SPOILER ALERT: This article contains Orange is the New Black Season 4 spoilers!
Samira Wiley, who played fan-favourite Poussey Washington on the prison drama Orange is the New Black, wants you know one thing, “Samira is alive!”
Since her character’s shocking death near the end of the fourth season her fans have been leaving strange messages on social media for her.
“I get a lot of comments on social media when I tweet something or I post a picture,” she says. “People are like, ‘I’m really happy you’re posting so I know you’re alive.’ Yes, I am. I haven’t gone anywhere.”
The Juilliard-trained actress appeared in fifty episodes of the acclaimed Netflix series, bringing Poussey to vivid life. Dealing marijuana earned the character a stretch at Litchfield Penitentiary— “We all in here because we took a wrong turn going to church,” Poussey joked—where she was an outspoken, and caring woman who stood by her convictions.
“Poussey is really like an ideal person,” says Wiley. “I’ve said this before, she is such a great friend and a great person sometimes when I don’t know what to do or want to be better in a certain situation I think, ‘What would Poussey do?’ She had a great heart. A great moral center and a great smile. She is someone that you look up to.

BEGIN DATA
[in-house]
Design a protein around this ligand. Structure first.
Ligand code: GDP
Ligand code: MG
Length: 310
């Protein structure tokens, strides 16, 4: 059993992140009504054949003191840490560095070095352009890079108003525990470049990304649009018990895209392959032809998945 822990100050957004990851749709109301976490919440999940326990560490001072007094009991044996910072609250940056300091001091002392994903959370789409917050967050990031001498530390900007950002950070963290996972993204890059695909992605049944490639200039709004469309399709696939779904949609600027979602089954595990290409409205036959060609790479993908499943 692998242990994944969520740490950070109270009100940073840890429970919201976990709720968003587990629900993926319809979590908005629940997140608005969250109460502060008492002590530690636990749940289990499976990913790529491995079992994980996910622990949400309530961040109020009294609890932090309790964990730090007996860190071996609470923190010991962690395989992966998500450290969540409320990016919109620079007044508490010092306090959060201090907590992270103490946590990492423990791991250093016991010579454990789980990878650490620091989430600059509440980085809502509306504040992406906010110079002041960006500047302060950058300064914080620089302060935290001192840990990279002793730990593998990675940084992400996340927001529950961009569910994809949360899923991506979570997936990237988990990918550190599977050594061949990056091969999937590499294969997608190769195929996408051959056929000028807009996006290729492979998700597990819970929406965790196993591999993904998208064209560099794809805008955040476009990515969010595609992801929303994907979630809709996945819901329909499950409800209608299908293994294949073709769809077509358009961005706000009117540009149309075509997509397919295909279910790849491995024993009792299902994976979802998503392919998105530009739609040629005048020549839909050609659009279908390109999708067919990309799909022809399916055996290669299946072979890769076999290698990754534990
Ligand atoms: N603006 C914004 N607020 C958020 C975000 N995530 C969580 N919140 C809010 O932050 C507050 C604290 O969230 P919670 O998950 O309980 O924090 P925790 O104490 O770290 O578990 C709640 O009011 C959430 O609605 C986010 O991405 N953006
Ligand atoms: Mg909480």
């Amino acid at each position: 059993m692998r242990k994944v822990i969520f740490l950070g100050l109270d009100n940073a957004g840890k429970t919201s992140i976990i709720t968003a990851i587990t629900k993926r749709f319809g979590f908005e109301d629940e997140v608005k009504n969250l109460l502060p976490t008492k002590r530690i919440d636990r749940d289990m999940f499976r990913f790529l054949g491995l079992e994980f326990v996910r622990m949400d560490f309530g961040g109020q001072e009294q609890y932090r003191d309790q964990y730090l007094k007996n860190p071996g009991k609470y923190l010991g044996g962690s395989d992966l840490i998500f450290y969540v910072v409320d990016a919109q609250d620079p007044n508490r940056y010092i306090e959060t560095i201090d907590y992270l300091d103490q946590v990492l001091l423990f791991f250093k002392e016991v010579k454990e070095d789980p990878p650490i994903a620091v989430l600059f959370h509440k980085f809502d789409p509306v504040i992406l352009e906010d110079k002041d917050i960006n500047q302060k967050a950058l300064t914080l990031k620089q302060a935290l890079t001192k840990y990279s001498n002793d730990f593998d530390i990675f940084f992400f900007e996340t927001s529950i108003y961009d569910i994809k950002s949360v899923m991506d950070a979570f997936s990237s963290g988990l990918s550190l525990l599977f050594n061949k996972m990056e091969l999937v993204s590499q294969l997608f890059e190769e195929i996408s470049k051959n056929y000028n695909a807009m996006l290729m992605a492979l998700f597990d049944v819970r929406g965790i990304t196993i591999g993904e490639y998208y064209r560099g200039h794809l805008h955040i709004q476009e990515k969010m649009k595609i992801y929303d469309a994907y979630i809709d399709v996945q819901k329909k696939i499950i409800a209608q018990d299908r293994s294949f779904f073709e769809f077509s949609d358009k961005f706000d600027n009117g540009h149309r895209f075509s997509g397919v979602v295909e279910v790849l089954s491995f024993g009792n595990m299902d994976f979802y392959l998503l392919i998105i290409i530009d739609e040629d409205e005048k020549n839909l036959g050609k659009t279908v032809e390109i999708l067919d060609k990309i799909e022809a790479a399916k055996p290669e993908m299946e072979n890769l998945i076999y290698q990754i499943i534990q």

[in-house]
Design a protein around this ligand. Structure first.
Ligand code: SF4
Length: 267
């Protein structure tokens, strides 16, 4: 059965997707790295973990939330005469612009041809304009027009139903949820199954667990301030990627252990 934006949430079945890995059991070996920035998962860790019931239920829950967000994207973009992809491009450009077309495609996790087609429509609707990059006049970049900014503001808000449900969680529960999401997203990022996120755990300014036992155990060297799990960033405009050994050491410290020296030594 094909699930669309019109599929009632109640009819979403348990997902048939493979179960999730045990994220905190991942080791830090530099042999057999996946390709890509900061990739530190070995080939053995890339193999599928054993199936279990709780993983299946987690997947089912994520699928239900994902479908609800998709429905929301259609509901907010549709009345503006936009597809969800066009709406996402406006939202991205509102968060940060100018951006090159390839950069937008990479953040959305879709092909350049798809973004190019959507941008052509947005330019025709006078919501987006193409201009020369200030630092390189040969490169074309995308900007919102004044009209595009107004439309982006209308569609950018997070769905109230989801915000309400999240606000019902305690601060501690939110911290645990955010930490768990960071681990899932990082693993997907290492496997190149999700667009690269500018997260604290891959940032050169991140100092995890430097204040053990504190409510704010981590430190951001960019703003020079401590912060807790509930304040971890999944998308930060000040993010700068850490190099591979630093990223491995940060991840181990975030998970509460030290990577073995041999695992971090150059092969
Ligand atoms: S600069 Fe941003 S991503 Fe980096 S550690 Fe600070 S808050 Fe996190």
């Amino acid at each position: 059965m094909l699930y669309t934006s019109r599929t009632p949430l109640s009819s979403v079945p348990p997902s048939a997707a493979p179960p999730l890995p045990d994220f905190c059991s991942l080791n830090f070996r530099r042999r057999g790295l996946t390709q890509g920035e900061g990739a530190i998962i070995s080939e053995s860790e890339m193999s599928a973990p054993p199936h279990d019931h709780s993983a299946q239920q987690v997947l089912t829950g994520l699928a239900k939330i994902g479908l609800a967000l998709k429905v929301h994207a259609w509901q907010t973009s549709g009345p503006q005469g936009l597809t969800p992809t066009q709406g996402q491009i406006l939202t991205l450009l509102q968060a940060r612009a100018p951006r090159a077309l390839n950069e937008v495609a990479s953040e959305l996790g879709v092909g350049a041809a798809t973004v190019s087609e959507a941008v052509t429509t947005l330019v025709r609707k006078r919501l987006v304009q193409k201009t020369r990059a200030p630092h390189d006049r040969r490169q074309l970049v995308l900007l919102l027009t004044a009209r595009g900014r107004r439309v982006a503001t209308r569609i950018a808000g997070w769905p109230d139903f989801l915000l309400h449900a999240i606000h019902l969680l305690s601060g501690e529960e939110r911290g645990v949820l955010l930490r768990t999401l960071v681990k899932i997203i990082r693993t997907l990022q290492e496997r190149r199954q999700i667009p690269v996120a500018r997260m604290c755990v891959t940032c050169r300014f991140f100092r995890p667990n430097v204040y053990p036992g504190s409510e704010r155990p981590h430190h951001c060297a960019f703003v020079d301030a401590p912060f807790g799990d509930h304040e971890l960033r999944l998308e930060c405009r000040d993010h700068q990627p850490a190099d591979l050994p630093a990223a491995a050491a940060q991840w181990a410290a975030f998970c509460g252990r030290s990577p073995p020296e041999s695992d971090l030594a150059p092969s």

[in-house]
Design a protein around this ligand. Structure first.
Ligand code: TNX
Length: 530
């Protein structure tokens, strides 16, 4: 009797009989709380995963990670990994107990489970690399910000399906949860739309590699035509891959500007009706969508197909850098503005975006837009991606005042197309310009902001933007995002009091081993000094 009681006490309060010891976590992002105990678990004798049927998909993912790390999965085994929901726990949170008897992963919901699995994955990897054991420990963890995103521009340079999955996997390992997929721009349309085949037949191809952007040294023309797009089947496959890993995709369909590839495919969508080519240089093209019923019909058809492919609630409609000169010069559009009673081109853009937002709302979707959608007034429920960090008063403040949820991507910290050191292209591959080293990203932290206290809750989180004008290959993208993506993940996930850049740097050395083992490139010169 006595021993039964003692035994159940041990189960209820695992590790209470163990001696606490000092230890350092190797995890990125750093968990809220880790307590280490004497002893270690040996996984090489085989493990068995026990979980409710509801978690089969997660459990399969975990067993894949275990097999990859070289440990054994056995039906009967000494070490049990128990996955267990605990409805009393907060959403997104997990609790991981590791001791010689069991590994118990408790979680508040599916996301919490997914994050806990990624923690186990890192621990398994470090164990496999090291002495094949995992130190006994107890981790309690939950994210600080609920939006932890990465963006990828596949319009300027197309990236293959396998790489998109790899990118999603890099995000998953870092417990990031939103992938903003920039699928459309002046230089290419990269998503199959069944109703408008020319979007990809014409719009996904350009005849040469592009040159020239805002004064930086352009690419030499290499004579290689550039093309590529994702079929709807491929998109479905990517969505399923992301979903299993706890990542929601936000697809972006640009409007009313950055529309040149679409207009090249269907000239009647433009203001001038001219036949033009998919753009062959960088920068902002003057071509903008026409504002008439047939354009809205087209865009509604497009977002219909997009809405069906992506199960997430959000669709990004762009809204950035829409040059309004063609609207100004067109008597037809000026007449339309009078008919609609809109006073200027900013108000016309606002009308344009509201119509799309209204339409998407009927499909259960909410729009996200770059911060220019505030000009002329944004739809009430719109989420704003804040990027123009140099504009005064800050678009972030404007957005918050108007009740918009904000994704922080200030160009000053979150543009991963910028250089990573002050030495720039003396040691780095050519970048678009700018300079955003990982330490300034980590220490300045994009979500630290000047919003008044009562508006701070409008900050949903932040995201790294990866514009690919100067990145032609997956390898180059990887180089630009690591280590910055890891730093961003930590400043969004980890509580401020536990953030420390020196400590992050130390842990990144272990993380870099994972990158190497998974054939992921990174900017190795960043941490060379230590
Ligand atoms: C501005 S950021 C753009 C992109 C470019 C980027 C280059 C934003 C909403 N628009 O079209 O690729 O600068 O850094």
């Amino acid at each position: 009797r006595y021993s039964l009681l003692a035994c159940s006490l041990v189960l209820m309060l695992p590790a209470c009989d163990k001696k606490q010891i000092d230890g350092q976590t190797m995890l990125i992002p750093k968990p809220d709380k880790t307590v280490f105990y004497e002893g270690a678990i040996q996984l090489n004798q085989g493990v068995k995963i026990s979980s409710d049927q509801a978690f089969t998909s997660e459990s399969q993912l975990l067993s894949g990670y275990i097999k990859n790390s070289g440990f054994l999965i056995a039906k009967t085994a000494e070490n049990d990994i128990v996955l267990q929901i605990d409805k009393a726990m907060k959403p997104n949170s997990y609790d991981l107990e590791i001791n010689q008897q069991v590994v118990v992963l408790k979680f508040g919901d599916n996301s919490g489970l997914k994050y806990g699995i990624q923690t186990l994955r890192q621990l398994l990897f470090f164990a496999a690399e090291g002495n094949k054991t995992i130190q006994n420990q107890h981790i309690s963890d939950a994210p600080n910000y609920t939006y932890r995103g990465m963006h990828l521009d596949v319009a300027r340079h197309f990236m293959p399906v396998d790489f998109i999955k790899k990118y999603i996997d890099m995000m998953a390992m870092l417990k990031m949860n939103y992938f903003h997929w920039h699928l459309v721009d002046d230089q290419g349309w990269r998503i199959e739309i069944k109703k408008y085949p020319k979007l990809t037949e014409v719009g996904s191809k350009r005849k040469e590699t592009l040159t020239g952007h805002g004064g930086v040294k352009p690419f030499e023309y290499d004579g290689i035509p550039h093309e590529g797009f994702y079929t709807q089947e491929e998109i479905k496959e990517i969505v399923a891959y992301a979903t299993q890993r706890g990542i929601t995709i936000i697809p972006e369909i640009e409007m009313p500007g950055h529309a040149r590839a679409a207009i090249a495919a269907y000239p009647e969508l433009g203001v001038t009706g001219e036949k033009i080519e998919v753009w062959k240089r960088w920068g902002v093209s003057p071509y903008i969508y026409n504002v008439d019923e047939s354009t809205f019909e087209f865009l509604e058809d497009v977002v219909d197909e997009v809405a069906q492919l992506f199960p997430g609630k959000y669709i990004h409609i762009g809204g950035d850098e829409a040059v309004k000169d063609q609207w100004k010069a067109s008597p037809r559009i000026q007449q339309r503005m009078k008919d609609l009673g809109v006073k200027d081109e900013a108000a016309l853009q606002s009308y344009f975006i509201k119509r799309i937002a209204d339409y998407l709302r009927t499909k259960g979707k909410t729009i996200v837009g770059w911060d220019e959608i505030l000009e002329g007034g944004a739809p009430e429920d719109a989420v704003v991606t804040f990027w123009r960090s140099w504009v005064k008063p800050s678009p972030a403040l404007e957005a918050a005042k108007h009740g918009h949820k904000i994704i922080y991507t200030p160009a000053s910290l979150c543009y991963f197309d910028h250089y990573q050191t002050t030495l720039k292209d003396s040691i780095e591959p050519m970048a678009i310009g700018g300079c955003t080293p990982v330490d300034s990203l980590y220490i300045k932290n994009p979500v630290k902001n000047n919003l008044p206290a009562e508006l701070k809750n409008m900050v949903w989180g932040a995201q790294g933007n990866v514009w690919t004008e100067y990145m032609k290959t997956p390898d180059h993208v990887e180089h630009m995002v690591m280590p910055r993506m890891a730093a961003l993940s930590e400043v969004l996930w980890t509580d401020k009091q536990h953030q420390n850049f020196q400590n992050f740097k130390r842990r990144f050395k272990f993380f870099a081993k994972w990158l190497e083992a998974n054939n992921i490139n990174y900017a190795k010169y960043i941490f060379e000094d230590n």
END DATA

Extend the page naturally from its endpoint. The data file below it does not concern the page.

“I feel so, so honoured and privileged to give her life and to give people the strong feelings they have about her.”
Based on Piper Kerman’s memoir about her experiences in a women’s prison, the series has been a commercial hit and critical success for its candid depictions of race, sexuality and gender.
“I think the show in general has ushered in a new era of television,” says the actress who will next be seen on the comedy series You’re the Worst. “Orange is the New Black shows you different kinds of women, different shapes of women, different backgrounds of people. The barriers are less and in some ways, invisible because that is you, or your mom or your sister. I feel really proud to be part of the television show that started that.
“With season four I think we really amped it up a notch in terms of reflecting not only the people we see everyday but the issues we deal with everyday, specifically Black Lives Matter. We’re showing some responsibility as artists, as creators of this television show, because we need to reflect what is going on in our time. That is our responsibility.”
As Wiley’s former cast mates gear up to begin shooting season five of OITNB, she says she’s not up to date on the storyline.
“I think it might be too difficult for me to binge,” she says. “I don’t anticipate it. After most seasons, especially the third season I definitely binge watched immediately. I thought I would be able to do that this time but I have only watched about half this season.”
She stopped before Poussey is accidentally suffocated during a demonstration in the prison cafeteria.
“I haven’t watched it yet. In way I feel like actually watching it will be me really saying goodbye and I am not ready for that yet. I can’t do that yet.”